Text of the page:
Making the most of sketchbooks and learning logs

Eileen Adams is a fervent believer in the value of sketchbooks. We were delighted when this sketchbook guru (known for her contribution to Campaign for Drawing) agreed to be filmed talking about sketchbooks and the role of learning logs. I approached her after hearing her keynote speech at a conference all about sketchbooks earlier in the year in which she inspired all present. Its really worth taking a look at what she has to say since she has spent many years thinking and learning about sketchbooks and their many uses. She talks about this in this first clip.

There are also sections of video of her talking about: the relationship between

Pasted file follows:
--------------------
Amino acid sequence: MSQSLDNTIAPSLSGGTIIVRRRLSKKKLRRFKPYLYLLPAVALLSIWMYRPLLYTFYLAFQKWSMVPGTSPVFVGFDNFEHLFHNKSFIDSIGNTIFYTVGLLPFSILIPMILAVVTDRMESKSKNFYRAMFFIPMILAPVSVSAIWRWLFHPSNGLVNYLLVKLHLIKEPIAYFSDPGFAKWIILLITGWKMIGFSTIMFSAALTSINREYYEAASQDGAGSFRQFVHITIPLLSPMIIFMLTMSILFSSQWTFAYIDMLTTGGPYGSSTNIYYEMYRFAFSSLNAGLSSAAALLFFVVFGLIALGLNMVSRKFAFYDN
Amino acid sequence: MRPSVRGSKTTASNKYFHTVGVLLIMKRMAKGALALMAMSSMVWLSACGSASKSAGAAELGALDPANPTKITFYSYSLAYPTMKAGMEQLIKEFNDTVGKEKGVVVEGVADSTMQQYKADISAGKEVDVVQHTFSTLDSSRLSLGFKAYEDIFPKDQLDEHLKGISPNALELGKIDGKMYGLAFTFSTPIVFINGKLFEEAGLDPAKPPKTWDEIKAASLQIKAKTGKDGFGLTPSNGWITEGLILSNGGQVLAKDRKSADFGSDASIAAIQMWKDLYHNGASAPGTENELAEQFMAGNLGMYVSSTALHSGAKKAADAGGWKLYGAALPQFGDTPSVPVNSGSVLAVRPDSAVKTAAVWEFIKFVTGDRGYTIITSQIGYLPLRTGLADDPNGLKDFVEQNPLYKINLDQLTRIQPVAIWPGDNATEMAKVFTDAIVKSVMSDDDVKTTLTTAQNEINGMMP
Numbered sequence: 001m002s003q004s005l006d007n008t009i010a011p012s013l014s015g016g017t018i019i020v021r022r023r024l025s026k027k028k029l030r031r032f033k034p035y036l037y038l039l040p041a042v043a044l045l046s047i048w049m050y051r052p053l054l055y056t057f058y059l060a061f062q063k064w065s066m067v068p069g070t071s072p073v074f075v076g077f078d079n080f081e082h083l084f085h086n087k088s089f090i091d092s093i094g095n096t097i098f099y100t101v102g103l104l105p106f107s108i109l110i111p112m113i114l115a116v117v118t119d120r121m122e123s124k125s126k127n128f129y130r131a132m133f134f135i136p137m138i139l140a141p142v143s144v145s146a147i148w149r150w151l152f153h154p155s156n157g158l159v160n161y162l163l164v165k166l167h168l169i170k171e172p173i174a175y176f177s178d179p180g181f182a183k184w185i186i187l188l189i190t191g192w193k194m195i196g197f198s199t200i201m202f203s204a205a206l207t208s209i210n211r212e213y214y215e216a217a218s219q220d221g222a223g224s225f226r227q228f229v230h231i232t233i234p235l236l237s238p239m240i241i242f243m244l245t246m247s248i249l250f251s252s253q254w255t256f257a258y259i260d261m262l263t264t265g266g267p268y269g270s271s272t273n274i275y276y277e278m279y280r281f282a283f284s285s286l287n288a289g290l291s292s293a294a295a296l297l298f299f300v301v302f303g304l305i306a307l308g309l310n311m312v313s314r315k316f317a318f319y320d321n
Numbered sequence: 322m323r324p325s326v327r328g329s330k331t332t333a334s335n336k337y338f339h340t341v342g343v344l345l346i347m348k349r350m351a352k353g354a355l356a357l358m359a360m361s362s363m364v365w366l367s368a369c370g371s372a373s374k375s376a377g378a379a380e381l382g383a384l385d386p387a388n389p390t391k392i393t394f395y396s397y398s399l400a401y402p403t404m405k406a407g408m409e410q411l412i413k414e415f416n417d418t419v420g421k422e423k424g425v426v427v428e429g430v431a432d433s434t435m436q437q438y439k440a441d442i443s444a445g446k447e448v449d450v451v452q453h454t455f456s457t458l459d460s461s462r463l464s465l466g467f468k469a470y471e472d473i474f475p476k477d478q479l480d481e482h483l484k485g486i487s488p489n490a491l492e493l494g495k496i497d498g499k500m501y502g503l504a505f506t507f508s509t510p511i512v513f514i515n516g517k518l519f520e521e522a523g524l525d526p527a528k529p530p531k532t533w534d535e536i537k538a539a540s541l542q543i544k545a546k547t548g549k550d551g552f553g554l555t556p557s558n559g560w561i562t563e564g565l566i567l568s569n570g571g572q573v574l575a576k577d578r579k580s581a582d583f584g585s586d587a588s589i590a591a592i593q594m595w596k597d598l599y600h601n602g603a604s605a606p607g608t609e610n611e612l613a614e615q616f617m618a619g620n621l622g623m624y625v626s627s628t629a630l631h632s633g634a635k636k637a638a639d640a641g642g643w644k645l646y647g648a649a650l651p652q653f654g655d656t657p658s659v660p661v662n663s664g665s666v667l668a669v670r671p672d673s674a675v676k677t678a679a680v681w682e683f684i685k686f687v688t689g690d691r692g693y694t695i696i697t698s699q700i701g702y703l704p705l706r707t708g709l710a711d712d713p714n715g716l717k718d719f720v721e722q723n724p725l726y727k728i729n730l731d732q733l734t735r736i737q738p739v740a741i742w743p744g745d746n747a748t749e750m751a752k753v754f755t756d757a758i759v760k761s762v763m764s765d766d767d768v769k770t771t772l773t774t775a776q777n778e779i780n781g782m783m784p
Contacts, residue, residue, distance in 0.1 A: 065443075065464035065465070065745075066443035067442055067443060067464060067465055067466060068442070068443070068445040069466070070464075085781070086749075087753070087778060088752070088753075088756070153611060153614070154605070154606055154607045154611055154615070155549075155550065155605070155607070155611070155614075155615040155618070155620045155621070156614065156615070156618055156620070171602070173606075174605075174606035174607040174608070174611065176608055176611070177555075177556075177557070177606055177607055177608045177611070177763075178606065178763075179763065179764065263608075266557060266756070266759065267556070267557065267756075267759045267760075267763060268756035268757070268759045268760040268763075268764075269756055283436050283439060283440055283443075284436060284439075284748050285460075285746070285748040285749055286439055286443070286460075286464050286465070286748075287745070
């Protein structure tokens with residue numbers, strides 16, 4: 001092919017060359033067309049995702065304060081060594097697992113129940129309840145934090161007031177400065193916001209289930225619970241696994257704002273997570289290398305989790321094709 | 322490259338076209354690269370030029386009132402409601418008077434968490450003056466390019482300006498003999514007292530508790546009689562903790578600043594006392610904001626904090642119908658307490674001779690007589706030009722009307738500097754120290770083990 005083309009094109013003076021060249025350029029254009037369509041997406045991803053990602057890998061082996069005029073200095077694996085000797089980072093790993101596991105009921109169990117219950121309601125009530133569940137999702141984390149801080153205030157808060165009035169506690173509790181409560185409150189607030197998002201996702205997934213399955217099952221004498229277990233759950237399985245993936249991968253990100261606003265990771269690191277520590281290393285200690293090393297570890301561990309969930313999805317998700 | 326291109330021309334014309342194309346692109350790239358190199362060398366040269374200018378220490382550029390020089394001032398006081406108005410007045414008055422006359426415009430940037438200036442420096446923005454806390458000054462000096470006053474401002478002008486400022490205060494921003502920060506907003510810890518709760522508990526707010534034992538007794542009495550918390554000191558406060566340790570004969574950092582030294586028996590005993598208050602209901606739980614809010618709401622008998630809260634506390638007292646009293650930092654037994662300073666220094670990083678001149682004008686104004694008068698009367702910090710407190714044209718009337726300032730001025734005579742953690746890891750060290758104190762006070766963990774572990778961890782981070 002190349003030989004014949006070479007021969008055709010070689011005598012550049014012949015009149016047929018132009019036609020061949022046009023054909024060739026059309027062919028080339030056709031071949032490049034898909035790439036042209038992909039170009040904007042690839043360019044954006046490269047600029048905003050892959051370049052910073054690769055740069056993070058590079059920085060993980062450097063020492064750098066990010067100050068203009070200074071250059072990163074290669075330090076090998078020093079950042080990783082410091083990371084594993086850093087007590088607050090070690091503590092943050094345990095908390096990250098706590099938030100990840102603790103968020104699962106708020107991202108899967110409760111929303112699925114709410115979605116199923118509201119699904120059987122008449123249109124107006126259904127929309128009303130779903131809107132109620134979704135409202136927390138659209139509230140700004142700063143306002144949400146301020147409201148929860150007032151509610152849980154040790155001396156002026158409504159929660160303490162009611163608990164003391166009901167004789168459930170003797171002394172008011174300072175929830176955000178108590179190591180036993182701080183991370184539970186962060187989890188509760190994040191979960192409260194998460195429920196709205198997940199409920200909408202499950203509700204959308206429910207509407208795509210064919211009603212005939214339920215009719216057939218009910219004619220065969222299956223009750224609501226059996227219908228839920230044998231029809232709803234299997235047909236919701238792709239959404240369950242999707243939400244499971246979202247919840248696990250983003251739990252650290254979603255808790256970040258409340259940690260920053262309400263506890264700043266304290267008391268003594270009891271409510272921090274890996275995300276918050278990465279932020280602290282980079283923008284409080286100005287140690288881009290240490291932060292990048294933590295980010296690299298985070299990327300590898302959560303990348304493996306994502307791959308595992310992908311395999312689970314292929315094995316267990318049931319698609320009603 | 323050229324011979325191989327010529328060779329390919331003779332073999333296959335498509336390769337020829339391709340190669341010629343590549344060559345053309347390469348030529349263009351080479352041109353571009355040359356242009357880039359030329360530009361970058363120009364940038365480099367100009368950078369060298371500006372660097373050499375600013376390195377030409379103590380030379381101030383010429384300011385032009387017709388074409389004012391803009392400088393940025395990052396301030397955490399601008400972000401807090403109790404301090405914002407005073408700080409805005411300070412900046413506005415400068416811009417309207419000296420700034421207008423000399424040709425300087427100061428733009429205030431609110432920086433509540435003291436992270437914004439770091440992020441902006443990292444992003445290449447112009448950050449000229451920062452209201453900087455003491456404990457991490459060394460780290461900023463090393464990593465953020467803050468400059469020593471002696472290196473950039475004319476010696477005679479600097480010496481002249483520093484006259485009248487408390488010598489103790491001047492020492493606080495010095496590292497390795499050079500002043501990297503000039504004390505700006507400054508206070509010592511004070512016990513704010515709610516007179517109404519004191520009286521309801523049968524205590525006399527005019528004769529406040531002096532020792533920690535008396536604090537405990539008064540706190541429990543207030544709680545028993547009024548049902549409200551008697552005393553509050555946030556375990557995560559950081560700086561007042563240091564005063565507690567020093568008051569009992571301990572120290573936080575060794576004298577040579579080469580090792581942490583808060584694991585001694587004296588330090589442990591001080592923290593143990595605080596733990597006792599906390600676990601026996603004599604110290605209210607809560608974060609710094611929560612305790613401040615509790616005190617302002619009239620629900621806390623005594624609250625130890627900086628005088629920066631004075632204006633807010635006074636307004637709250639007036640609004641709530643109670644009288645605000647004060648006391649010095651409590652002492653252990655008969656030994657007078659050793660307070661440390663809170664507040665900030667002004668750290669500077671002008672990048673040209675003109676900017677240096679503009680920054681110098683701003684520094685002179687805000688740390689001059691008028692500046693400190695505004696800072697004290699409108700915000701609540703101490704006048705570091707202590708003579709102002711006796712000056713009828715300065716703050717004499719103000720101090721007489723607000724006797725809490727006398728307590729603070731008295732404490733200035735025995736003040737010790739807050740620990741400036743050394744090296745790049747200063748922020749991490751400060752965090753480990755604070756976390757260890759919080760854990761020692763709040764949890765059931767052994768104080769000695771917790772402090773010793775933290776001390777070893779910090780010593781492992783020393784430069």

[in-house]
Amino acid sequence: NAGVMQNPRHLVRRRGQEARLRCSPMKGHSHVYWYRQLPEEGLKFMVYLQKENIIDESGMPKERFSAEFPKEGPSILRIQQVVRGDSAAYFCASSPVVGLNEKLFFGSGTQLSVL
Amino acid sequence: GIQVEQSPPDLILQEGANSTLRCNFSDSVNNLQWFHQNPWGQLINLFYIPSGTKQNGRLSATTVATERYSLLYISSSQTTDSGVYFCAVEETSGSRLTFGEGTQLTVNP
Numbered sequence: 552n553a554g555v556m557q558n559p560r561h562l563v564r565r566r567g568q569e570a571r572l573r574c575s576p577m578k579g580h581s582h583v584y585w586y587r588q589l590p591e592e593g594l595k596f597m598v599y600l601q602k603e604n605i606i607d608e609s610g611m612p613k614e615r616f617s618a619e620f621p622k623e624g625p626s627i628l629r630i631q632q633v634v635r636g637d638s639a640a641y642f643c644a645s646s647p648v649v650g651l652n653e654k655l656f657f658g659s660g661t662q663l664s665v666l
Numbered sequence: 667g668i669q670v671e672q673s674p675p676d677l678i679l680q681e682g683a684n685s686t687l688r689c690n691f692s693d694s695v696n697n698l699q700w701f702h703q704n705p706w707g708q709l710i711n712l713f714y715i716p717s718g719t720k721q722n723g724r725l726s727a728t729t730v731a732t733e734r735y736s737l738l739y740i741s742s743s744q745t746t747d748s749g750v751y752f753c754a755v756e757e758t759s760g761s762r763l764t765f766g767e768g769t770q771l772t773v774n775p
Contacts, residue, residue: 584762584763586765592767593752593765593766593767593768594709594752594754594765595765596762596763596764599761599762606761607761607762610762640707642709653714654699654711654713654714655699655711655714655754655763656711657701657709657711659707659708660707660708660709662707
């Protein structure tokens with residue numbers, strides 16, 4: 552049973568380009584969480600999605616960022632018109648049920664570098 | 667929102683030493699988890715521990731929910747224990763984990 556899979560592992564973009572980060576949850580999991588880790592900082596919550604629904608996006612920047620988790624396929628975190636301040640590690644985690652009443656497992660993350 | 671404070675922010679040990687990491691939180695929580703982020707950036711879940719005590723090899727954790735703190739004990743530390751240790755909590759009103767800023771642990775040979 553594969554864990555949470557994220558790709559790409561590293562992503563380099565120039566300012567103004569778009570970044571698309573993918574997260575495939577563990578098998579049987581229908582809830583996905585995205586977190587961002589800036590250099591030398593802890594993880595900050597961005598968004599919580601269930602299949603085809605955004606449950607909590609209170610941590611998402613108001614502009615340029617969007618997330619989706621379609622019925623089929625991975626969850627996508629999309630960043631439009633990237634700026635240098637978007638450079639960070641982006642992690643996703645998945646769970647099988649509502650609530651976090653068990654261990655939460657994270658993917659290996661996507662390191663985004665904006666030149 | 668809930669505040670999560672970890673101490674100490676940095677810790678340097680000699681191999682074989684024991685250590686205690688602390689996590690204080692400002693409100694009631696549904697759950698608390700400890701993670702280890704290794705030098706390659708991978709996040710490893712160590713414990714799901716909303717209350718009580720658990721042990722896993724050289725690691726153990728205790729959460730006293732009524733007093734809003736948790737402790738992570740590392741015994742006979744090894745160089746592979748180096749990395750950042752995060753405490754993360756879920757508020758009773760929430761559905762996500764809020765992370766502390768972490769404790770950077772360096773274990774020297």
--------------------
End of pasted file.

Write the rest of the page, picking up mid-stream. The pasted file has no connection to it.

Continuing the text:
sketchbooks and learning logs ,
keeping sketchbooks alive
and looking at the sketchbooks of others

All these videos will also be accessible on OCA Elements.com for future reference.

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8 comments for “Making the most of sketchbooks and learning logs

  1. Susan Bennetta
    21 June 2011 at 12:50 pm

    Excellent series of videos clearly presented. Thanks.

  2. 21 June 2011 at 2:48 pm

    I found this interesting BUT what I’d really love to see is more information and guidance on producing sketchbooks with a reduced amount of actual sketching/drawing for someone like me who is studying textiles; in fact more generally for those of us studying textiles in this arena would be good full stop! Yes, a breaking of all the ‘rules’ I know, but the issue is there for me at least.